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We are ALWAYS training

April 24, 2017

We are always training because animals are always learning

I had not really considered the props we use as significant objects for the dogs when competing in a ring or training environment. We are aware of using bedding or crates to give the dogs a sense of security, but our props can change the unfamiliar ring environment into something familiar – provided they have a really good history of reinforcement, carefully trained.

I love cross learning! Both Alex and I spend hours closely examining perfectly normal protocols in each of our own areas of training but are refreshingly new viewpoints of looking at training. In this blog Jen Digate clearly shows that for horses away from their herd has a different response than for dogs.

We always have to be considerate when training the dogs at the Barn. Our usual practice, certainly for play, is individual training for each dog one after the other – this gives everyone a chance to have the whole barn, without the worry of watching dogs, or the stress caused to watching dogs.

For most dogs, going on lead and getting into the car, when at home is an opportunity they never want to miss out on. It is exciting and performed without question. A strong behaviour.

But, going on lead and getting into the car when leaving the Barn has a completely different consequence. It is often the end of the connection, learning and focus (leaving the Barn), it is back to the car, and then most often abandonment (the owner wants to return to the Barn to watch the next dog, learn more).

When we (inadvertently) change the consequence of the behaviour, we change the behaviour. The behaviour then breaks down, often very fast, under these specific conditions – when at the Barn, but the behaviour stays solid and enthusiastic when leaving home. Because we are focused on the behaviour we often do not notice the start of the break down, or only pay attention when it comes to a complete stop.

We have to become aware of the conditions that give our learners salient information as to the likely consequence of these (similar) behaviours.

There is a parallel when taking dogs into competition environments. If they are normally strong, solid, enthusiastic behaviours when training, but in competition they break down, become uncertain, then the dog is learning the different outcomes of the similar behaviours depending on the environment. The environment cues are directly related to the different outcomes. (Note: these are not poisoned cues!)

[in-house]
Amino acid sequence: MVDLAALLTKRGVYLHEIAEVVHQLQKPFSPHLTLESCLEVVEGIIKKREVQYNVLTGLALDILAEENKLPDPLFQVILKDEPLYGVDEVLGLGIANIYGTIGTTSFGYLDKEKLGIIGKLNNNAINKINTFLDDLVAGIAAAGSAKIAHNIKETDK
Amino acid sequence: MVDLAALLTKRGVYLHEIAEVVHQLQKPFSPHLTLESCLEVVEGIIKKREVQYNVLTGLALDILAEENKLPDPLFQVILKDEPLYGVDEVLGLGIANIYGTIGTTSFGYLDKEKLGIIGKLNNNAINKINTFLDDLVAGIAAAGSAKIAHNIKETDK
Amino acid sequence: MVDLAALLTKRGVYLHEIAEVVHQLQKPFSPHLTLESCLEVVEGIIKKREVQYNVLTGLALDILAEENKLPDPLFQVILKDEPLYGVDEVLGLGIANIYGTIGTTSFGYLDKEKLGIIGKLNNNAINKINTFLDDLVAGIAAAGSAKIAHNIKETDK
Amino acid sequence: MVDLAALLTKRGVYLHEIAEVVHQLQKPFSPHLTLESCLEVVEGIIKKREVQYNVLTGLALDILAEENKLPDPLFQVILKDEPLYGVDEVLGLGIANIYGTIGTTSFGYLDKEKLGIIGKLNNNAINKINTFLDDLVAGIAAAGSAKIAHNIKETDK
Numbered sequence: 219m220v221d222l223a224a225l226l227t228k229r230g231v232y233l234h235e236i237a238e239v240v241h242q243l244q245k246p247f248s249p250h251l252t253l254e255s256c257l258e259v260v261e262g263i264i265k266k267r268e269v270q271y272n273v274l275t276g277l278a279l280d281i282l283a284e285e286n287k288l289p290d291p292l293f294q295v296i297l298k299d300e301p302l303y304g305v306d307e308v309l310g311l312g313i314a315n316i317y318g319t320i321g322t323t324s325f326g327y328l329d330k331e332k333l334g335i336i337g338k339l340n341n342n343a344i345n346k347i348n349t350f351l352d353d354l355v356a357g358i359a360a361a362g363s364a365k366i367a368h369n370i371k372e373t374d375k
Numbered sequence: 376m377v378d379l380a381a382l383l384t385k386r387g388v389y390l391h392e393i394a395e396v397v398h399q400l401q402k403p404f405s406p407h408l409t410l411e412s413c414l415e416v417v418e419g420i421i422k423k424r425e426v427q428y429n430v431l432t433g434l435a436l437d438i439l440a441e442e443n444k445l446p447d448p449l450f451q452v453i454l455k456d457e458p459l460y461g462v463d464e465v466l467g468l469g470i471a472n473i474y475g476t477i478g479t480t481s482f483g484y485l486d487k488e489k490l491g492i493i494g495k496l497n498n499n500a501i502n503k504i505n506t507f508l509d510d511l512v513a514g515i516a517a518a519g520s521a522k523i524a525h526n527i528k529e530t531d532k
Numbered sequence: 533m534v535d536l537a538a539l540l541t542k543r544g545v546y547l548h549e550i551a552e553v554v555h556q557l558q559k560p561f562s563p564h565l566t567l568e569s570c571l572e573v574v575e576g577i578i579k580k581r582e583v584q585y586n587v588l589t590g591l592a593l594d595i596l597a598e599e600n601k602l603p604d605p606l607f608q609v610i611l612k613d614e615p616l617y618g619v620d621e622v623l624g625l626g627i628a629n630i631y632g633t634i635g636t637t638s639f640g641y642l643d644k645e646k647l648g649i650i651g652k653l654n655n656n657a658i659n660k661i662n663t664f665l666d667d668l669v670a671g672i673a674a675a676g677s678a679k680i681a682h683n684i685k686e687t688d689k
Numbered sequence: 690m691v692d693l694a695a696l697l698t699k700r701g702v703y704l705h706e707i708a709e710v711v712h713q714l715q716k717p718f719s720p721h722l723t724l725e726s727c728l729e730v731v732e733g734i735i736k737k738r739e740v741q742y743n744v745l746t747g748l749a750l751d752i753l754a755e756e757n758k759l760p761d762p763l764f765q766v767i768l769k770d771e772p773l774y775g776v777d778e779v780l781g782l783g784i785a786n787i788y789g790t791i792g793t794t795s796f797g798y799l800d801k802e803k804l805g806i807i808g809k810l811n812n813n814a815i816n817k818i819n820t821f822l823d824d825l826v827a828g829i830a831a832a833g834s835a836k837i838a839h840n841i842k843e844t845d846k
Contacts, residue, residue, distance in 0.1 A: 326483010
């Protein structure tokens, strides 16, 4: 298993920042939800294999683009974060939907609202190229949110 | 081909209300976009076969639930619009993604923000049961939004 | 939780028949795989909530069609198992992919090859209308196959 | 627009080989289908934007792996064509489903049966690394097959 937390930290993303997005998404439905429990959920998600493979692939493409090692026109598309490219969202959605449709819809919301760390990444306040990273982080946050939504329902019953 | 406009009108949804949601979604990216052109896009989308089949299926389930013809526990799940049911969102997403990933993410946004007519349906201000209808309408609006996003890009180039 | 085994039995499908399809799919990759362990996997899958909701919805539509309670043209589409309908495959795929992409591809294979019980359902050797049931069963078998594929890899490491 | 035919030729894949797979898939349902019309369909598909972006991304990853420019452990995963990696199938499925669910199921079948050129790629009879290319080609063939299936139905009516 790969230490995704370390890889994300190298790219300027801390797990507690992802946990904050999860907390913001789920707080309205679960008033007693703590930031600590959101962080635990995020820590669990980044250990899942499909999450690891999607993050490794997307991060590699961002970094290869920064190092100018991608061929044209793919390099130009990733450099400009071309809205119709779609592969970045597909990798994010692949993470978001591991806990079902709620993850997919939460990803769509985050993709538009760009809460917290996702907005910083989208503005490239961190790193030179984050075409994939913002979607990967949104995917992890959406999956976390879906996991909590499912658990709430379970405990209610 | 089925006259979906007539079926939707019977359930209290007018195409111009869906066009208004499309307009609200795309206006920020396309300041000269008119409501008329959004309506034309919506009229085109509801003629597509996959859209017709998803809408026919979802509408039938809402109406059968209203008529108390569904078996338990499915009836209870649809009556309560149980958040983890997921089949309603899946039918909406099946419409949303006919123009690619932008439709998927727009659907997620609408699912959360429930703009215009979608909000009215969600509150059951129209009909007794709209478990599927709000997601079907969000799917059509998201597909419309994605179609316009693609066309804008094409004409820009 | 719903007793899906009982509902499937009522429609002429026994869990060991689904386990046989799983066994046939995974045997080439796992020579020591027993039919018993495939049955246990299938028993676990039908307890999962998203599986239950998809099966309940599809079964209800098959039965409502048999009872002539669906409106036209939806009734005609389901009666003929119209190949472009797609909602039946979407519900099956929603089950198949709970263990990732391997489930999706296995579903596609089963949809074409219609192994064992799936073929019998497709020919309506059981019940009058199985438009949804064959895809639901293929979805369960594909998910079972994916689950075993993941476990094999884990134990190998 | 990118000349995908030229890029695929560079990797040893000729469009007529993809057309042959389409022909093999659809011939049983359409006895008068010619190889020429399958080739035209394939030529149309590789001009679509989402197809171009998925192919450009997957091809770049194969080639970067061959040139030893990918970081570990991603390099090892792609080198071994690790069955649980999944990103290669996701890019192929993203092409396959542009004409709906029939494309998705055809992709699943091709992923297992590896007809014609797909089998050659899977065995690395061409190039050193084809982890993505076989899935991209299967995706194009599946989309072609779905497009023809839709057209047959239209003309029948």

In Training, behaviour: walking back = food / toys (in the normal training environment)

In the Ring / competition behaviour: walking back = no food, not toys, usually another behaviour.

This is sometimes labelled “ring wise”. Errm, well, yes, dogs are not that dumb. It is a survival skill to pin down and remember what works and results in success and what doesn’t. The dog will selectively choose to respond when the consequence is reliable. Good, clever, bright dogs, we cannot con them for ever.

Prevention is always more effective than trying to fix this once the person realises what is happening.

Training and environments need to be fluid and not directly related to consequence.

In the training environment the dog should be introduced and familiar with the conditions that may occur in other environments – such as food only being delivered in a certain spot in training. You may train in your kitchen, but after the mark / click, travel to a different part of the house to collect and deliver the food. This means the wearing of food does not become part of the training environment. The reinforcement should be consistent, but variable in location. It should be a graduated process, where the dog only has to travel a few steps to their reinforcement station and then extended when the behaviour is showing stability and maintaining its strength.

For the going on lead/getting in the car, at home this is usually followed by an exciting outing. We need to build in variation to the outcome of these patterns. Take the dog on your errands but no external outing, travel then becomes a resting event. At home pop your dog in the car and spend 20 minutes going to and fro, loading the car, general car chores, and then go for an outing.

I am very, very conscious of developing patterns of behaviour that the dogs quickly discover results in something of value to them. We cannot expect to train our dogs in operant processes and them not use those skills round the clock. In the morning my dogs go to the orchard and then come in for their breakfast. In the evening they browse around the orchard after they have eaten. They have worked out the difference, the behaviour of returning to the house is influenced by what happens next and sometimes those differences can be as subtle as the time of day or the fullness of your stomach.

We are ALWAYS training, because animals are ALWAYS learning.

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